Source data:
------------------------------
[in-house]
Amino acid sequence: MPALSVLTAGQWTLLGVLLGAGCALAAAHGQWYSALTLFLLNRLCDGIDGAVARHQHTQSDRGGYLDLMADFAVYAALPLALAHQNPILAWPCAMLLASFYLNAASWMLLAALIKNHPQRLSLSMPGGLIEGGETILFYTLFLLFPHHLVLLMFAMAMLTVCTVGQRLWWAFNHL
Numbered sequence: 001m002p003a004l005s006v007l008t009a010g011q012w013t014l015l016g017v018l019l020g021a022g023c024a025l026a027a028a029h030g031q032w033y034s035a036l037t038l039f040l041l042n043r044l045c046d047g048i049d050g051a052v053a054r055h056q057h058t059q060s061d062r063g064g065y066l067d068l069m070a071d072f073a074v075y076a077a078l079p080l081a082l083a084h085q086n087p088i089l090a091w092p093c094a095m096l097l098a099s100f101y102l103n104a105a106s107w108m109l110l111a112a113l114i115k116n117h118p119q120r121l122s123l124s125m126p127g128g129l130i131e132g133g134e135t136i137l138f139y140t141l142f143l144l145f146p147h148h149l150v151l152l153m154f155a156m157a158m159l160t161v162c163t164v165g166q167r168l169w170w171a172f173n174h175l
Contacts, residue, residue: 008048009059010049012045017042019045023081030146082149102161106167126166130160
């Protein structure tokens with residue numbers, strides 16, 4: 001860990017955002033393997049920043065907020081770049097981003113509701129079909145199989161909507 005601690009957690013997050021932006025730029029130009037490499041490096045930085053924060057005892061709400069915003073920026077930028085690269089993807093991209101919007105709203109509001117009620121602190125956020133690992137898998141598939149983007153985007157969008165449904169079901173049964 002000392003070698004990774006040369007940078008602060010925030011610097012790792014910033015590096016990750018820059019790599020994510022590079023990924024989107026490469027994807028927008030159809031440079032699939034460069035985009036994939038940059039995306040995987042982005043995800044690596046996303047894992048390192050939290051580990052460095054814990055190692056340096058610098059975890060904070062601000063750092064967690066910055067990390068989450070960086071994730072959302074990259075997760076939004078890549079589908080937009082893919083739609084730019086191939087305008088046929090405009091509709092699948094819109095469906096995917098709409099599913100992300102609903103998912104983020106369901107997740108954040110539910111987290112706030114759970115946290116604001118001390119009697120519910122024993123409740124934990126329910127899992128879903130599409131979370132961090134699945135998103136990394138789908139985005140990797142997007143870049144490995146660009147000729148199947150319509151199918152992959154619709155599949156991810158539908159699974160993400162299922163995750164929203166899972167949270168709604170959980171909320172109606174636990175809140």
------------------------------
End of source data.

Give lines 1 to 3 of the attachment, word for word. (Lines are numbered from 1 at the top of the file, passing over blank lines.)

[in-house]
Amino acid sequence: MPALSVLTAGQWTLLGVLLGAGCALAAAHGQWYSALTLFLLNRLCDGIDGAVARHQHTQSDRGGYLDLMADFAVYAALPLALAHQNPILAWPCAMLLASFYLNAASWMLLAALIKNHPQRLSLSMPGGLIEGGETILFYTLFLLFPHHLVLLMFAMAMLTVCTVGQRLWWAFNHL
Numbered sequence: 001m002p003a004l005s006v007l008t009a010g011q012w013t014l015l016g017v018l019l020g021a022g023c024a025l026a027a028a029h030g031q032w033y034s035a036l037t038l039f040l041l042n043r044l045c046d047g048i049d050g051a052v053a054r055h056q057h058t059q060s061d062r063g064g065y066l067d068l069m070a071d072f073a074v075y076a077a078l079p080l081a082l083a084h085q086n087p088i089l090a091w092p093c094a095m096l097l098a099s100f101y102l103n104a105a106s107w108m109l110l111a112a113l114i115k116n117h118p119q120r121l122s123l124s125m126p127g128g129l130i131e132g133g134e135t136i137l138f139y140t141l142f143l144l145f146p147h148h149l150v151l152l153m154f155a156m157a158m159l160t161v162c163t164v165g166q167r168l169w170w171a172f173n174h175l